With the synod on the family just a matter of months away, a well-timed book-length interview with Cardinal Gerhard Müller is to be released.
The eighth-century monastery on the remote island of Skellig Michael in south-west Ireland harks bark to an ancient monasticism but has now taken on a more futuristic role as a location for the latest Star Wars film.
After over a decade in the editor’s chair, Catherine Pepinster is taking a sabbatical. During this period she will spend six months as Visiting Scholar at St Benet’s Hall, Oxford
On Monday, Europe will pause as it commemorates the centenary of the outbreak of the Great War, a scene of which is depicted in the watercolour above.
The “great silence” on a recent retreat at Douai Abbey was disturbed when some of the rooms at the Benedictine monastery in Berkshire were invaded by giant hornets in the middle of the night.
English-born Bishop Richard Williamson, who was expelled from the ultra-traditionalist Society of St Pius X (SSPX) in 2012 for challenging the society’s leaders, has founded a new “Priestly Union of Marcel Lefebvre” in France for priests who leave the SSPX.
Ahigh-church Anglican vicar has increased by as much as ten-fold his visitor count by opening what is believed to be the first full-time post office in a church. Last month, Fr Andrew Foreshew-Cain incurred a formal rebuke from his bishop when he married his partner, Stephen Forshew, a Catholic from Australia.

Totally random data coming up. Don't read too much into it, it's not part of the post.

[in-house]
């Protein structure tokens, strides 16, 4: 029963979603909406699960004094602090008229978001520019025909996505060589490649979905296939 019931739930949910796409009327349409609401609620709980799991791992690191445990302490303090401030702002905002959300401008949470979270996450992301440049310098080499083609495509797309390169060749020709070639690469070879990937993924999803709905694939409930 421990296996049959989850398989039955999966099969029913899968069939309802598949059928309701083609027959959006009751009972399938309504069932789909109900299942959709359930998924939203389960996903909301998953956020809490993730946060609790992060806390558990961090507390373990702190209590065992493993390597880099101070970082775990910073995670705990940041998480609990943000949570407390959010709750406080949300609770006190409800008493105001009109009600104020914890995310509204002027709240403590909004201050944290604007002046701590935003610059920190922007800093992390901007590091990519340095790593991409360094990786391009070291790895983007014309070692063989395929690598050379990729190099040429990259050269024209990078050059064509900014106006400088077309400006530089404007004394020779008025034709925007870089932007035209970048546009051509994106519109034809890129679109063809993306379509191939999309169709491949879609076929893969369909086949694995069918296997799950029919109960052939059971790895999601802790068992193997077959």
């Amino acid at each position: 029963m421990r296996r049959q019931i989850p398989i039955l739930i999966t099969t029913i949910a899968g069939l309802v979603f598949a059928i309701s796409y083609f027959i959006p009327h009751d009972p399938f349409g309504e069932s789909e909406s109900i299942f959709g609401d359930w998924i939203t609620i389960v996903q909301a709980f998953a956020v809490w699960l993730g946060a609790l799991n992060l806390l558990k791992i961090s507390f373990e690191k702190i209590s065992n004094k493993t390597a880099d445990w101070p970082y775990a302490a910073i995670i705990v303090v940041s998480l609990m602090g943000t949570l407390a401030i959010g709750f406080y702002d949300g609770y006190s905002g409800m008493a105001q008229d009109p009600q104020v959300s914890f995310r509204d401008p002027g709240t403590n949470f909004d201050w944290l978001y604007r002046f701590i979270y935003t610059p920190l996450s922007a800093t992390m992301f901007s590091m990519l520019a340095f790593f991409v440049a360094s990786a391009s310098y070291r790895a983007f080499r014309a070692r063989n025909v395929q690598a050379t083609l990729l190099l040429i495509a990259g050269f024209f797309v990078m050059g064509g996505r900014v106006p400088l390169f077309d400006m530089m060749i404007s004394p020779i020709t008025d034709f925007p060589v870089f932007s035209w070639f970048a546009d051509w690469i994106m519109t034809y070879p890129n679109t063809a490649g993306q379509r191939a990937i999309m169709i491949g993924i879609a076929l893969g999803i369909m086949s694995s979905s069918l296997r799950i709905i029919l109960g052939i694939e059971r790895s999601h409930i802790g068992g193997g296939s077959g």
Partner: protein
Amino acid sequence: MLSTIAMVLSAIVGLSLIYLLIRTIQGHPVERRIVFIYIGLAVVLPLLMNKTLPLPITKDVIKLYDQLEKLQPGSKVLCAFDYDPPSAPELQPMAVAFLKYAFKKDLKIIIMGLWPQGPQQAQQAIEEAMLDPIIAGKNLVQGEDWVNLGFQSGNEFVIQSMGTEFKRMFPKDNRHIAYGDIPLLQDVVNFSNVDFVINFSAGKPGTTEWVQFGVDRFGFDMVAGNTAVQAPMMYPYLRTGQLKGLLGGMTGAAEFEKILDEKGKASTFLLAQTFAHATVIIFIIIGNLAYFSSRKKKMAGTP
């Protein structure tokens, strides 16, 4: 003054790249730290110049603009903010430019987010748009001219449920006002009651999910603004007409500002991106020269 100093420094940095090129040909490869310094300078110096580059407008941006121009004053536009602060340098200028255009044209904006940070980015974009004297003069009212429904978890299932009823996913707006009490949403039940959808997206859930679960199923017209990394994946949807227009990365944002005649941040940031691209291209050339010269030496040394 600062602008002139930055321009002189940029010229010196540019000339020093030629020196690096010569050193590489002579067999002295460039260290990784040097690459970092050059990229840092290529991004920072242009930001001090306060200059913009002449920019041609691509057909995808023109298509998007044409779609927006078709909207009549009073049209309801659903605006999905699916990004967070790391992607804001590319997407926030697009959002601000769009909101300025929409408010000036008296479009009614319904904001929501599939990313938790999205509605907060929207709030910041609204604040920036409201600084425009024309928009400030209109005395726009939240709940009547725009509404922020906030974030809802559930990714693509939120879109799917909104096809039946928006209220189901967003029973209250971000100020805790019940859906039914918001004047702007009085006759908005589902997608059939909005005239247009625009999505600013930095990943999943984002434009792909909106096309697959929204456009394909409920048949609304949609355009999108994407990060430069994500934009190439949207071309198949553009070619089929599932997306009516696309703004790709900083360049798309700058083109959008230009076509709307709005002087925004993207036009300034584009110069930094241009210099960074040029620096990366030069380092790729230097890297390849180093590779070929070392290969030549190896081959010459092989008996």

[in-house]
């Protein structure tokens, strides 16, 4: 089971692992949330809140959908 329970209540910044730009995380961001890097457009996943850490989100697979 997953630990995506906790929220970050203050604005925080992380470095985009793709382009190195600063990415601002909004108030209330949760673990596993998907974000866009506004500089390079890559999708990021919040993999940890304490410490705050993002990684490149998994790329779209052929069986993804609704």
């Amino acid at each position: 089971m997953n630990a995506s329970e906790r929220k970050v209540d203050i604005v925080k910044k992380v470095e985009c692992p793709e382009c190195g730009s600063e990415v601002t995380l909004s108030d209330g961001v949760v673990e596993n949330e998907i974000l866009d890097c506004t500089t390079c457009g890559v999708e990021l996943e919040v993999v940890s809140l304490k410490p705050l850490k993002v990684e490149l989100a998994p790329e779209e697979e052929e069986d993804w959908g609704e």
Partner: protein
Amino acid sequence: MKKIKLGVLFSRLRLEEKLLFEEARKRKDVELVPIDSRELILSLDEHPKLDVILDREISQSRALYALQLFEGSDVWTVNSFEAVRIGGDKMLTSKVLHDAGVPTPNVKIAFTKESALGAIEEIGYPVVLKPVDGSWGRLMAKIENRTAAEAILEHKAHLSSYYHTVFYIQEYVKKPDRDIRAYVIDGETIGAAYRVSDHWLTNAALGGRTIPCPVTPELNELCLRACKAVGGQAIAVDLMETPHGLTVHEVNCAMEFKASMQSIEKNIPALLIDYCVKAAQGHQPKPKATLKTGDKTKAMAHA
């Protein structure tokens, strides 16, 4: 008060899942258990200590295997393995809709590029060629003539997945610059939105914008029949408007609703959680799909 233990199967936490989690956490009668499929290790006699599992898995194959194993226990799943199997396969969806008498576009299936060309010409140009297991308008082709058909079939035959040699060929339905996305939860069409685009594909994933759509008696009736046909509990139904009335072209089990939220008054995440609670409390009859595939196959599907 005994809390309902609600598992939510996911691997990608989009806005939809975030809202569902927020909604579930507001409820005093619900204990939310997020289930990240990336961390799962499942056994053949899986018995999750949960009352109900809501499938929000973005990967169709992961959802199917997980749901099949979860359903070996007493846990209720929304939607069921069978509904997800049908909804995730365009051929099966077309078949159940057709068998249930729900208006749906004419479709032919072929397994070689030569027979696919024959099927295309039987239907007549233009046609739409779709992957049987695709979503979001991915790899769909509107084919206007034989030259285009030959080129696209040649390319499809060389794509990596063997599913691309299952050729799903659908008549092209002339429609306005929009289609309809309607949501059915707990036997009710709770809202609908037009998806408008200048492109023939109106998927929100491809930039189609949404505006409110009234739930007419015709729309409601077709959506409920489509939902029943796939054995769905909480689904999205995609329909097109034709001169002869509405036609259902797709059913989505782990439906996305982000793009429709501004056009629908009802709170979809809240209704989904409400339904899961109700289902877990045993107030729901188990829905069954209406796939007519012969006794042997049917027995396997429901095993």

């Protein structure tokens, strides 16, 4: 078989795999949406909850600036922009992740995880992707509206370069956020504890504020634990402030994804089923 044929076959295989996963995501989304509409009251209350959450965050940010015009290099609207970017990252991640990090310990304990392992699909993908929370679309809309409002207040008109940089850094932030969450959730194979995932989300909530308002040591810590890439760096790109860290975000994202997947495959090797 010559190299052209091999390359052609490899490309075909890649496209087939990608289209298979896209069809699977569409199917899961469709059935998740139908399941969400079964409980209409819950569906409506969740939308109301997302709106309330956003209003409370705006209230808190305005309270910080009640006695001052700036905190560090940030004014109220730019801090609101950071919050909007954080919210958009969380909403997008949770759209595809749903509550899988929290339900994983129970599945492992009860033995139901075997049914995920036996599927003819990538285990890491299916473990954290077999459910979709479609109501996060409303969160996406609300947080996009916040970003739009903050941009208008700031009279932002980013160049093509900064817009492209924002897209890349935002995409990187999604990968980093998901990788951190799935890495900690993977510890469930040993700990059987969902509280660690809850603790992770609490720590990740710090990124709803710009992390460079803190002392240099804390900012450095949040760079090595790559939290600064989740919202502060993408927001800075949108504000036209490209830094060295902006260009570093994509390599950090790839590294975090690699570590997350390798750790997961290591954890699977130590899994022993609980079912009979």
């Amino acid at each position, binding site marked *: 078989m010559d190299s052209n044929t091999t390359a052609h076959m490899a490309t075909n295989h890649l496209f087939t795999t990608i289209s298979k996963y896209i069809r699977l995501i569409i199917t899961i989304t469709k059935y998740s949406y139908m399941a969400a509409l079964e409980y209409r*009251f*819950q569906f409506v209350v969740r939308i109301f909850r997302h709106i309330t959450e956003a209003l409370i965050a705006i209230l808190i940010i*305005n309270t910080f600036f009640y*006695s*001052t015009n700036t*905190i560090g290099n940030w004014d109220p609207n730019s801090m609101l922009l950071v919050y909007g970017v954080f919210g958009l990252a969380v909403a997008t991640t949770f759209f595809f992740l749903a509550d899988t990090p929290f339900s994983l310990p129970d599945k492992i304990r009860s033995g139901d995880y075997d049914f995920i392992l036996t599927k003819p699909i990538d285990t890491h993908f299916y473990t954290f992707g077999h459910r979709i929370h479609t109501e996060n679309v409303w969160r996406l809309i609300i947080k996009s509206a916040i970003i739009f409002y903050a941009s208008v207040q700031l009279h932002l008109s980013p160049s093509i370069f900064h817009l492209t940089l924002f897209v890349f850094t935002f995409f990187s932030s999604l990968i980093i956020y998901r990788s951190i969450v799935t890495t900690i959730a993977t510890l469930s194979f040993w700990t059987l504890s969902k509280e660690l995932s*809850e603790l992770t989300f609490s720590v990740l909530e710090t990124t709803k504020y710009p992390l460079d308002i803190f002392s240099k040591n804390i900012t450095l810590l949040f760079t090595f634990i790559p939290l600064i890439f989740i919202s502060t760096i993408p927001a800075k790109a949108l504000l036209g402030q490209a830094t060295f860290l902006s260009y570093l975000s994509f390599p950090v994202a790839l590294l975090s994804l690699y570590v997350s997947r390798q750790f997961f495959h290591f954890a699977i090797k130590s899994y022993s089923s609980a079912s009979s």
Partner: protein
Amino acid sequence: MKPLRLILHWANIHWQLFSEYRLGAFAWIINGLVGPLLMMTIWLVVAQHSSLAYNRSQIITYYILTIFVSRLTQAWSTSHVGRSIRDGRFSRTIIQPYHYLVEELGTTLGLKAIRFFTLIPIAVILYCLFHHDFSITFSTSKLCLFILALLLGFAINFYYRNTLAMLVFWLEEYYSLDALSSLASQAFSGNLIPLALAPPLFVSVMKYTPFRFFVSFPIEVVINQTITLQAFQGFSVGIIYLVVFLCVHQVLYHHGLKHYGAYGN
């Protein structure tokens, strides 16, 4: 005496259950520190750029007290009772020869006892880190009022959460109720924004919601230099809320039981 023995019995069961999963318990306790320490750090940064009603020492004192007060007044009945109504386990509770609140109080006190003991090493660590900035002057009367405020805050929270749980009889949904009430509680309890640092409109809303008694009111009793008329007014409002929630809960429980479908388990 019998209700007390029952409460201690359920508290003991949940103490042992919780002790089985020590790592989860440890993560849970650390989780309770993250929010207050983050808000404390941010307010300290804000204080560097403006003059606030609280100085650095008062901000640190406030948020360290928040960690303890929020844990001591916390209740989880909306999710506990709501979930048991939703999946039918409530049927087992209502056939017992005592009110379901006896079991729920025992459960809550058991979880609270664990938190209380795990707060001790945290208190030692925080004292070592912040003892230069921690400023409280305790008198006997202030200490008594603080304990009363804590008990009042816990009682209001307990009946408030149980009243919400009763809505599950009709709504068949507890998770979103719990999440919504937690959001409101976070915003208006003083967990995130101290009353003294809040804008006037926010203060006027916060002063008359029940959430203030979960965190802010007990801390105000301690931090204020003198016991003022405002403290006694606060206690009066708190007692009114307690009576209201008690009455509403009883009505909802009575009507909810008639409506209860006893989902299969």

It is rare to find evidence of Christianity in Britain prior to AD 306, when Emperor Constantine came to power. Yet a silver ring with a Christian motif has been found at a dig at the Roman fort of Binchester, in County Durham.
The distinguished journalist Roland Hill, who has died aged 93, began his career on The Tablet after the Second World War. Born in Hamburg the son of a businessman called Rudolf Hess (no relation of Hitler’s deputy), Hill fled Nazi Germany for Austria.
Competing against choirs from as far afield as China, the Bradford Catholic Girls’ Choir has won two bronze medals at the World Choir Games in the Latvian capital, Riga.
Amid all the public commemorations that are marking the 100th anniversary of the outbreak of the First World War, the Bishop of the Forces, Richard Moth, is also pondering a poignant personal story connected with the conflict.
Along with helping the Holy See to elucidate its message more effectively, one of the tasks facing the committee appointed to oversee Vatican communications is to make savings. Indeed, Cardinal George Pell, prefect of the Secretariat for the Economy, ...
With their match against the Church of England fast approaching, the Vatican cricket team is garnering support from across the world.
Congratulations to Tablet columnist Br Guy Consolmagno, who has won the Carl Sagan medal, a prestigious scientific award for those who communicate astronomy to the public.